Urban legends are prevalent throughout all mediums of popular culture, with dozens dating back to mysterious happenings on movie sets and subliminal messaging worked into popular musical hits, but the gaming industry has somehow managed to debunk or confirm most of these legends rather quickly.
This doesn’t leave much to be shared in terms of legends or tales, but rest assured, there’s a small number of urban legends surrounding videogames that still have players questioning their validity.
The Polybius Initiative
In 1981, a small number of mysterious cabinets started making their way into arcades throughout Portland, Oregon. There wasn’t much that was known about these machines, but they gained popularity at an alarming rate before causing extreme problems and disappearing completely.
The internet wasn’t around much in 1981, which meant that most of the information on arcade cabinets came from newsletters or straight from the cabinet distributor themselves. When Polybius started making its way around the Portland suburbs, there wasn’t too much information on it. It has been said that the gameplay was of a tempest-style but could have possibly had mazes and other puzzles built-in, there’s really no way to confirm either way.
This might not seem like all that unusual of a game, but some believe that the game was meant to test experimental behavior modification through subliminal and undetectable methods. The game was said to have had weird side effects as there were reports of the game causing players to suffer from cases of amnesia, night terrors, terrible nightmares, intense stress, seizures, and suicidal tendencies due to the subliminal messaging. It also introduced extreme addiction which cased problems at arcades due to the machine’s popularity. There were more reported cases of these side effects than usual after playing this game specifically, lending some credibility to the fact that the machine might have been the cause.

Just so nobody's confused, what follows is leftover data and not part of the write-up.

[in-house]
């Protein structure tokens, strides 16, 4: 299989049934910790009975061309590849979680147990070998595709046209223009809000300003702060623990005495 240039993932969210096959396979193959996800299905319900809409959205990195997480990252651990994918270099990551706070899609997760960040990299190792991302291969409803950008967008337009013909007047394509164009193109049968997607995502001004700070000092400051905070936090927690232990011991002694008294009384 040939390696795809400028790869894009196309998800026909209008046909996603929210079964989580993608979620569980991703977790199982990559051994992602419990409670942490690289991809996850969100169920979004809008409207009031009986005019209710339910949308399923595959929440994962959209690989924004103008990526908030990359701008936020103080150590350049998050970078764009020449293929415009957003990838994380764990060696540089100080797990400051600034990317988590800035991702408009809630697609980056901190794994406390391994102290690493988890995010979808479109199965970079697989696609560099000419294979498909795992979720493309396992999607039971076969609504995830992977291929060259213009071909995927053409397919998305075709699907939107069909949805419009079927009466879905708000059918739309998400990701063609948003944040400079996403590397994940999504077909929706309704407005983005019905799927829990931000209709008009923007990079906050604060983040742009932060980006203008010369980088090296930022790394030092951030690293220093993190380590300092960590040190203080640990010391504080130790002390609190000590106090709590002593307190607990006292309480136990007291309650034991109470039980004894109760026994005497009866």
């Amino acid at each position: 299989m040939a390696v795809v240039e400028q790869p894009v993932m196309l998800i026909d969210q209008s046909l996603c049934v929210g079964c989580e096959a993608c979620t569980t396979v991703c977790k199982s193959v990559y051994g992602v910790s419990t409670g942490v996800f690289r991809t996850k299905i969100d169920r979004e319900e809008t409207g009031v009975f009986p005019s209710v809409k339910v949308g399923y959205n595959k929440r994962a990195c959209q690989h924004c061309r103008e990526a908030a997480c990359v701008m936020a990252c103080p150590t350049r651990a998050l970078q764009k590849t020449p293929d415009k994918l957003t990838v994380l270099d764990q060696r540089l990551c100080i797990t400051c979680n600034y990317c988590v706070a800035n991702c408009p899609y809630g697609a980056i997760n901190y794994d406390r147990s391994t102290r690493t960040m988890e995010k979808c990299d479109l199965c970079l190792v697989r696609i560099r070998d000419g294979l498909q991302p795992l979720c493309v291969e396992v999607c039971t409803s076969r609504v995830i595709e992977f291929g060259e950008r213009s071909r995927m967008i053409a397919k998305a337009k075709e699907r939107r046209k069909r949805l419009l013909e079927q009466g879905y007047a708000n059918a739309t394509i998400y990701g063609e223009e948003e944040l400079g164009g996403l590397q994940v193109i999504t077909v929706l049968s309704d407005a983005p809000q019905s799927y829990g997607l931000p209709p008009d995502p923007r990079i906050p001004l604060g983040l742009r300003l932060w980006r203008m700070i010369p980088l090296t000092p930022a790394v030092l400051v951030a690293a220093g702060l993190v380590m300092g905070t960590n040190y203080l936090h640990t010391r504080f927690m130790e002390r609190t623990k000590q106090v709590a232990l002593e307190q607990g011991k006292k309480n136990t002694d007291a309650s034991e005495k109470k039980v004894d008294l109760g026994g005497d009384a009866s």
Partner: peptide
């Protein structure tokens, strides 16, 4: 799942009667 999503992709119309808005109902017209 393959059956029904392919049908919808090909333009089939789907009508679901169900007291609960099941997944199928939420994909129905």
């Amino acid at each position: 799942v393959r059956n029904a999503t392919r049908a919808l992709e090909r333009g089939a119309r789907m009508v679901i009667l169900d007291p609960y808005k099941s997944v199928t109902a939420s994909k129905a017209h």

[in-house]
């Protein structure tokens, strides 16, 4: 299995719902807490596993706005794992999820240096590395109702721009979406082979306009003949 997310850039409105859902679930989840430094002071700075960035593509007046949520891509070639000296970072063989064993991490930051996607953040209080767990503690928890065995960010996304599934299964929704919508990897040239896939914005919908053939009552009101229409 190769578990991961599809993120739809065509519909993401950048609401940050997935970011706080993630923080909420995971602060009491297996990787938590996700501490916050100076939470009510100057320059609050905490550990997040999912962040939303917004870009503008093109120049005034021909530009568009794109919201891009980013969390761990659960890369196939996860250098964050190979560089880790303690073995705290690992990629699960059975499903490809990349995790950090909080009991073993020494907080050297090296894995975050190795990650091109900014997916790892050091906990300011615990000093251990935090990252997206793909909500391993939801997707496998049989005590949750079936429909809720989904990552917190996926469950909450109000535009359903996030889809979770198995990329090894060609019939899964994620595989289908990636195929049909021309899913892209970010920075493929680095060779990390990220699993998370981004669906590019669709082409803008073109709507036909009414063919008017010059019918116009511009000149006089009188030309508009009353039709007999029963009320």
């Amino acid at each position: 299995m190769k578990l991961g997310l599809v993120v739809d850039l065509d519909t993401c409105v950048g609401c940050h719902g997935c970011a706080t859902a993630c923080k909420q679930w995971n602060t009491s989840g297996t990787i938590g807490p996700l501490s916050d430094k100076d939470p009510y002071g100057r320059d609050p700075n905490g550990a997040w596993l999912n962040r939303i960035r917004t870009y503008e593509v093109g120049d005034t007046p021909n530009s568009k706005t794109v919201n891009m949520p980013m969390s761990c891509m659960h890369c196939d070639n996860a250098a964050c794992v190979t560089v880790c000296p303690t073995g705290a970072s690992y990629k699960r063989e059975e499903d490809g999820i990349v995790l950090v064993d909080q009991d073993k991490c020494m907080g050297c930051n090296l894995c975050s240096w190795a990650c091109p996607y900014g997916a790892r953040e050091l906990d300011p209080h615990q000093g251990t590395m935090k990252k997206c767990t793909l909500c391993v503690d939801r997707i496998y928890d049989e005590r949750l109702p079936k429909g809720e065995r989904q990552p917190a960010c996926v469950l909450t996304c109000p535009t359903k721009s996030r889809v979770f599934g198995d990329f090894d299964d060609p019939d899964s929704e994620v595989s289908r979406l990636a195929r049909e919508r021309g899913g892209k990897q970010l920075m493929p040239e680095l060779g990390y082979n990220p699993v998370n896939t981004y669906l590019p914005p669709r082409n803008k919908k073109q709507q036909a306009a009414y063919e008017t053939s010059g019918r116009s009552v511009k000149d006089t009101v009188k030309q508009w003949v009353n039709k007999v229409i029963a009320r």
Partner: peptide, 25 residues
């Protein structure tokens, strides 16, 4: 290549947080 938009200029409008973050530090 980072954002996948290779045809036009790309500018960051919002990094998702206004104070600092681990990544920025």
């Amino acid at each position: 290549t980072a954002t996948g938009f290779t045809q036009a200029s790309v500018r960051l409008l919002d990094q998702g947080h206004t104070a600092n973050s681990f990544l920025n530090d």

As if that wasn’t weird enough, the legend states that men in black suits would come to the arcades every week and dump data off of the machine. This could have been them simply dumping high scores off of the machine, but they came back at such a rate that it seemed like they were gathering large information off of the machine for research, citing the lease agreement as a reason to come check on the machine.
The strange behavior surrounding the game started gaining more attention, but all of the machines disappeared before anything could be done; only a month after they first appeared. It isn’t clear what caused them to move so quickly, perhaps they only needed to gather a month’s worth of data or things were escalating too quickly, whatever it was, they didn’t want it found.
There isn’t really any official evidence or documentation of the machine’s existence either, we’re mostly running off of secondhand stories from unconfirmed sources but what those sources independently remember of the game stays consistent throughout.
There was a man who posted on Coinop.org back in 2007, claiming that he was involved with the creation of Polybius, but when he was interviewed at a later time, his story started to fall apart. There were several inconsistencies that didn’t fit with what had been established earlier and it just didn’t make that much sense. He attempted to dispel the rumor, saying that it was a bad version of a game that they had been working on in South America that had been recalled, but again, it didn’t fit with the rest of the story; unless its existence was all being made up in the first place.
While there are collectors out there who claim to have ROMs of Polybius, none have come forward to show any proof or release it to the public. However, in July of 2007, a version of the game and cabinet art made its way online, hosted at www. sinnesloschen.com, which is actually significant, but was most likely a fan site rather than anything connecting to the original release.
It is believed that Polybius was by Atari in collaboration with the US Government under the code name Sinneslöschen, meaning sense-deletion in German. This makes it somewhat more believable that it was either an internal name for the title or a term that was mixed in as the name of the development studio throughout the years. If it was the name of the company, it would appear in the German corporation registry or the US corporation registry through the Secretary of State, but shows up in neither.
There’s no way for any of this to really be confirmed either, as the only real proof of the cabinet’s existence is a black-and-white photograph and a recreation of the game’s title screen. That is what makes it a great urban legend though, landing it references in popular shows like The Simpsons. It is entirely possible that something like this existed though, with the rise of videogames in the early ‘80s and the Cold War raging on, the military was doing whatever they could with new technologies. If the cabinet did exist, I’m hoping that more information will emerge in the next few years.